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# Coefficient of Viscosity

## Introduction

We all might have noticed that it takes a long time for the honey to reach the mouth of the bottle when the honey bottle is about to empty. Such liquid behaviour in the flow possesses some internal property which is explained by the term viscosity. It is the property of a liquid by which an internal force comes into play between different layers whenever there is a relative motion between these layers of the liquid. In simple words, viscosity is related to the thickness of the liquid. For example, honey is thicker than water so it will take more time to flow as compared to water as it has less resistance to flow. In technical terms, viscosity is the amount or quantity of opposition or resistance to flow provided by a liquid when it is under an applied force.

Here, in the above cases, water has less force of attraction as compared to honey particles. Therefore, the water has more fluidity, less resistance to flow and lower viscosity, whereas honey has less fluidity, more resistance to flow and higher viscosity.

## What is Viscosity?

It is a quantity of the opposition or resistance of a fluid to move under an applied force.

The viscosity is the opposite or reciprocal of fluidity.

When a liquid or gas has a low viscosity it tends to flow more easily as its molecular interaction causes very little friction when moving.

When a liquid or gas has a high viscosity it flows with difficulty due to its internal friction caused by its sticky, thick, and semi-fluid consistency nature.

Mathematically viscosity is defined by this formula :

$$\mathrm{\eta =Viscosity=\frac{\tau}{\lambda }=\frac{shear\:stress}{shear\:rate}}$$

where, shear stress means a parallel force acting on the surface of an object, and shear rate is the rate of change in speed when one layer of fluid exceeds the adjacent layer.

## Viscosity Measurement

It is the quantity of a substance's (fluids) opposition or resistance to a motion under an applied force.

It is measured in terms of $\mathrm{(\frac{dynes-sec}{cm^{2}})}$

The fundamental unit of viscosity measurement is poise.

A material requiring shear stress of one dyne per centimetre to produce a shear rate of one reciprocal second has a viscosity of one poise or 100 centipoises.

The final result is expressed in centipoise (cP), i.e,

$$\mathrm{1cP=10^{-3}Pa.S=1mPa.s}$$

There are different types of Instruments to Measure Viscosity are -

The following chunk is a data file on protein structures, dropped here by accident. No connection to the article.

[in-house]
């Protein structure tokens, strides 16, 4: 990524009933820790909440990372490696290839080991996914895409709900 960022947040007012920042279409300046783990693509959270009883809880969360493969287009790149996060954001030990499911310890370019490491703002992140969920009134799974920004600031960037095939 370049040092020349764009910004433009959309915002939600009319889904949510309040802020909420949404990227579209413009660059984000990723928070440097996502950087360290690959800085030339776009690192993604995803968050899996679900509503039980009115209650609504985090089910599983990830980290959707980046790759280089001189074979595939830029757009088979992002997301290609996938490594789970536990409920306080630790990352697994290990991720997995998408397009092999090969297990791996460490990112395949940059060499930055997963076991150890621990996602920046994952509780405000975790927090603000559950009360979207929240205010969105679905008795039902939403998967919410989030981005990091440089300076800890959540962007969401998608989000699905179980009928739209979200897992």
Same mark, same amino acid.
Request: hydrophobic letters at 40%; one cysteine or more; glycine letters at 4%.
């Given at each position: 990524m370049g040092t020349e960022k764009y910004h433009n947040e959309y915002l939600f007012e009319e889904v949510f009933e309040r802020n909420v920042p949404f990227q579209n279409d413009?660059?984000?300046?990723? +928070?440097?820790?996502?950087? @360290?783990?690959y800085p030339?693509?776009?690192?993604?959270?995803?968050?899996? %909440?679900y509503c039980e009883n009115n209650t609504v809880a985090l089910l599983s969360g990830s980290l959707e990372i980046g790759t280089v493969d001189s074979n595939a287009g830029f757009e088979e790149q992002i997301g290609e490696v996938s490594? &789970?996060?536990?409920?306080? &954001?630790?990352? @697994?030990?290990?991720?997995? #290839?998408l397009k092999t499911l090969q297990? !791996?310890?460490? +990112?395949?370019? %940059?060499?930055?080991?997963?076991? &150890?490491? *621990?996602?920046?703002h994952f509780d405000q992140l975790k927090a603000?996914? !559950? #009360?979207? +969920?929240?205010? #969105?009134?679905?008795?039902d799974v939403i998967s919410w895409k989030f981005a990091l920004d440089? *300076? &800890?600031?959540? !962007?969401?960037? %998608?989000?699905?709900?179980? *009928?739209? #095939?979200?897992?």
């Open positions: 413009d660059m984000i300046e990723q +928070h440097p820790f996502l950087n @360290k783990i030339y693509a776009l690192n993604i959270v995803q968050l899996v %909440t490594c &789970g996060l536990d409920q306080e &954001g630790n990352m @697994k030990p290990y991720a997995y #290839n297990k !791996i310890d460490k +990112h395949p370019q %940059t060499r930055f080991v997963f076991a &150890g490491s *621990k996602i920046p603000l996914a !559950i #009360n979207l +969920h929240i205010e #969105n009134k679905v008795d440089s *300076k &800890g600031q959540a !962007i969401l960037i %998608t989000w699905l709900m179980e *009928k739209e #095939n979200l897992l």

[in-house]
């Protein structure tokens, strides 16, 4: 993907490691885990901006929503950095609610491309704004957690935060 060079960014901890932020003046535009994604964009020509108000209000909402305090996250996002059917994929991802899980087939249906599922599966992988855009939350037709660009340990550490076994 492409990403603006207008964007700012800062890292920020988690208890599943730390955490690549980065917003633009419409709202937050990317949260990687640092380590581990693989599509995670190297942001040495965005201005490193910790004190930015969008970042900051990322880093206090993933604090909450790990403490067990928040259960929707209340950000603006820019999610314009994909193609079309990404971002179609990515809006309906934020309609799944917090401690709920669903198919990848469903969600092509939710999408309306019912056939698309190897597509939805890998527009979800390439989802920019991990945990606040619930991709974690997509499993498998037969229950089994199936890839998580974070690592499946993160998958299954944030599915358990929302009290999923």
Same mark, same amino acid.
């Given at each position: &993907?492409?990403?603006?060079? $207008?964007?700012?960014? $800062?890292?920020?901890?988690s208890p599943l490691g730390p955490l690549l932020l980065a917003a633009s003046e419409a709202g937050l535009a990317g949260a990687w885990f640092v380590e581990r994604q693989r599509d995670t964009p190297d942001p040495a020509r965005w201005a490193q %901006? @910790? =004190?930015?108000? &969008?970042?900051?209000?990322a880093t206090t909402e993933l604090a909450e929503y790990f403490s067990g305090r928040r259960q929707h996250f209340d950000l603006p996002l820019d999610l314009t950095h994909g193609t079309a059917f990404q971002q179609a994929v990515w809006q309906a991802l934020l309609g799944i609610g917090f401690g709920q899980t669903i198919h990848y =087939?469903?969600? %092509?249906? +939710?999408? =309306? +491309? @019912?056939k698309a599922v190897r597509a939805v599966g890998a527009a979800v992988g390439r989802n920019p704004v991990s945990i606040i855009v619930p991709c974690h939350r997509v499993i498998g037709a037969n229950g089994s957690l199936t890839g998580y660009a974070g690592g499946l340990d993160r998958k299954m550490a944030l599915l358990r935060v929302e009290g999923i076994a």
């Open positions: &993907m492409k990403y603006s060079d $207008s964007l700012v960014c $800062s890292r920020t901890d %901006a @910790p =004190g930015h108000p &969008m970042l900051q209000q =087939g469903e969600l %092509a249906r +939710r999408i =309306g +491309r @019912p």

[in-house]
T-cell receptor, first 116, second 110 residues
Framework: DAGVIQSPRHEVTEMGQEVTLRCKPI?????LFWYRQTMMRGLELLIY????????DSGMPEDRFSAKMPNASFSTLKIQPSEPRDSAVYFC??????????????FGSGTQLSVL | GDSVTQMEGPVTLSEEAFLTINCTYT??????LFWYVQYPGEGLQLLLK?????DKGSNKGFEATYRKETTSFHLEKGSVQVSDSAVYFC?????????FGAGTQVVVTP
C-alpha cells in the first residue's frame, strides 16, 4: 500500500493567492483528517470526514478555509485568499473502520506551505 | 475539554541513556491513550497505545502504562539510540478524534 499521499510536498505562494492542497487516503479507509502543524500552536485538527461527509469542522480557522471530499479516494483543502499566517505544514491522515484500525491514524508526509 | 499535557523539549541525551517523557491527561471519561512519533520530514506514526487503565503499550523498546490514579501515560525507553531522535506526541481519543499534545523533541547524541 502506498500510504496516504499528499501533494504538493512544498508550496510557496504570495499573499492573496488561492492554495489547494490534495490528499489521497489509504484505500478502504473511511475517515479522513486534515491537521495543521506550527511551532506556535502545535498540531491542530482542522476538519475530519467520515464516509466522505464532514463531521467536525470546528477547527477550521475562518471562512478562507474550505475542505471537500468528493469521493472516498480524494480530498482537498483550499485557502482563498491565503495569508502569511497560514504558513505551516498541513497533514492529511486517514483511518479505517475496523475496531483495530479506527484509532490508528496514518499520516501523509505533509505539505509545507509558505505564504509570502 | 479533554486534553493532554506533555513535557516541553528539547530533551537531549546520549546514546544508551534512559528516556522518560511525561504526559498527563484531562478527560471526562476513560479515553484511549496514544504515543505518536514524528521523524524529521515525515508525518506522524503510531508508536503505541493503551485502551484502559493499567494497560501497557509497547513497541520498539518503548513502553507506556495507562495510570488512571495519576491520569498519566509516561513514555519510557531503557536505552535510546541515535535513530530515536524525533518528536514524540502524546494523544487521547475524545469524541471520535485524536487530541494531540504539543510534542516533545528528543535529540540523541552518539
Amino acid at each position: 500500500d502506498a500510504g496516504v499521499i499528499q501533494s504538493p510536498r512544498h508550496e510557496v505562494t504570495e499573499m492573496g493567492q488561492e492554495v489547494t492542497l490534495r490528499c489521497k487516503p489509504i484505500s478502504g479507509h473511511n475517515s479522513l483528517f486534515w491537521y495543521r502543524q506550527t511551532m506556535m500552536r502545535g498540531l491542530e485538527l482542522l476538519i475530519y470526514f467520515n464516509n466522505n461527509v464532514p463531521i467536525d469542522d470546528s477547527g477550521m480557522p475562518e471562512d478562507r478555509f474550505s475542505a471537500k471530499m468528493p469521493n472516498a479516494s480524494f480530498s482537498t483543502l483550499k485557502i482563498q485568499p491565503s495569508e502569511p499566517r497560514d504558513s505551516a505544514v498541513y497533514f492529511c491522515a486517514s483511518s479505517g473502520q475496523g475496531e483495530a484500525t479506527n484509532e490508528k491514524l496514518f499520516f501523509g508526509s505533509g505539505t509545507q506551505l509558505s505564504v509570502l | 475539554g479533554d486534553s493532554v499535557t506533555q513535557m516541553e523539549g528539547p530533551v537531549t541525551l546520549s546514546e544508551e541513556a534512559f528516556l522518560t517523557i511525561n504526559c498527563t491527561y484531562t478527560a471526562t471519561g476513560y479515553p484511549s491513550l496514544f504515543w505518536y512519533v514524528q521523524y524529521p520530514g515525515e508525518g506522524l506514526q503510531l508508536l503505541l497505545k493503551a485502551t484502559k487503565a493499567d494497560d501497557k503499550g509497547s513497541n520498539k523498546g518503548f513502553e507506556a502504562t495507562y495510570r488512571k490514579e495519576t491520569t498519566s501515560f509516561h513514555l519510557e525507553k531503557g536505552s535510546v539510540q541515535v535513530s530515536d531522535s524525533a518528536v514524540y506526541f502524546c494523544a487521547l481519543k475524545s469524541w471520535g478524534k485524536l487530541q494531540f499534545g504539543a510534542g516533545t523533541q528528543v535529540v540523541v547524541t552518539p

Rotational Rheometry.

Capillary Viscometers.

Non-Contact Rheology.

Vibrating Viscometers.

Viscosity Measurements with Formulation.

Microfluidic Rheometers.

## What is a Viscous Gradient?

It is the difference in velocity between the adjacent layers of the fluid. If more force is applied by the upper layer to move forward the more will be the viscous gradient.

It is represented by $\mathrm{\frac{v}{x}}$, where v is the velocity difference and x will be the difference in distance between the two layers.

The formula for the viscous gradient is :

$$\mathrm{\tau _{yx}=\mu \cdot \frac{dv_{x}}{dy}=\mu \cdot \gamma _{yx}}$$

Where,

$$\mathrm{\tau _{yx}=shear \:stress;\mu =Viscosity;}$$

$$\mathrm{\frac{dv_{x}}{dy}\:or\: \cdot \gamma _{yx}=velocity\:gradient\:or\:viscous\:gradient\:or\:shear\:rate}$$

It affects the Rate of Flow of Liquids

As viscosity increases, flow rates decrease.

As viscosity decreases, flow rates increase.

## The Coefficient of Viscosity Formula

It is the measure of the degree to which a fluid opposes or resists flow under an applied force. It is denoted by the symbol $\mathrm{\eta}$ . It is the ratio of shearing stress to the strain rate. Generally, the gas viscosity is lower than the liquid viscosity. This is because of its intermolecular force of attraction. The inverse of viscosity is called fluidity. Thus, a fluid with higher viscosity tends to flow slow and a fluid with lower viscosity tends to flow fast.

### The formula for the Coefficient of Viscosity is given by

$$\mathrm{(\eta )=\frac{F\times r}{A\times v}}$$

where, $\mathrm{\eta}$ = coefficient of viscosity, F = tangential force, r = distance between the layers, A = area, v = velocity

### It has a Dimensional Formula

F or Force = $\mathrm{M^{1}L^{1}T^{-2}}$

A or Area = $\mathrm{L^{2}}$

Velocity gradient = $\mathrm{\frac{dv}{dx}=[LT^{-1}]/[L]=[T^{-1}]}$

Therefore,

$$\mathrm{\eta =\frac{[MLT^{-2}]}{[L^{2}]\times[T^{-1}] }=[ML^{-1}T^{-1}]}$$

## SI Unit of Coefficient of Viscosity

It is a measure of the resistance force caused by a liquid to stop the related movements between the layers of the liquids.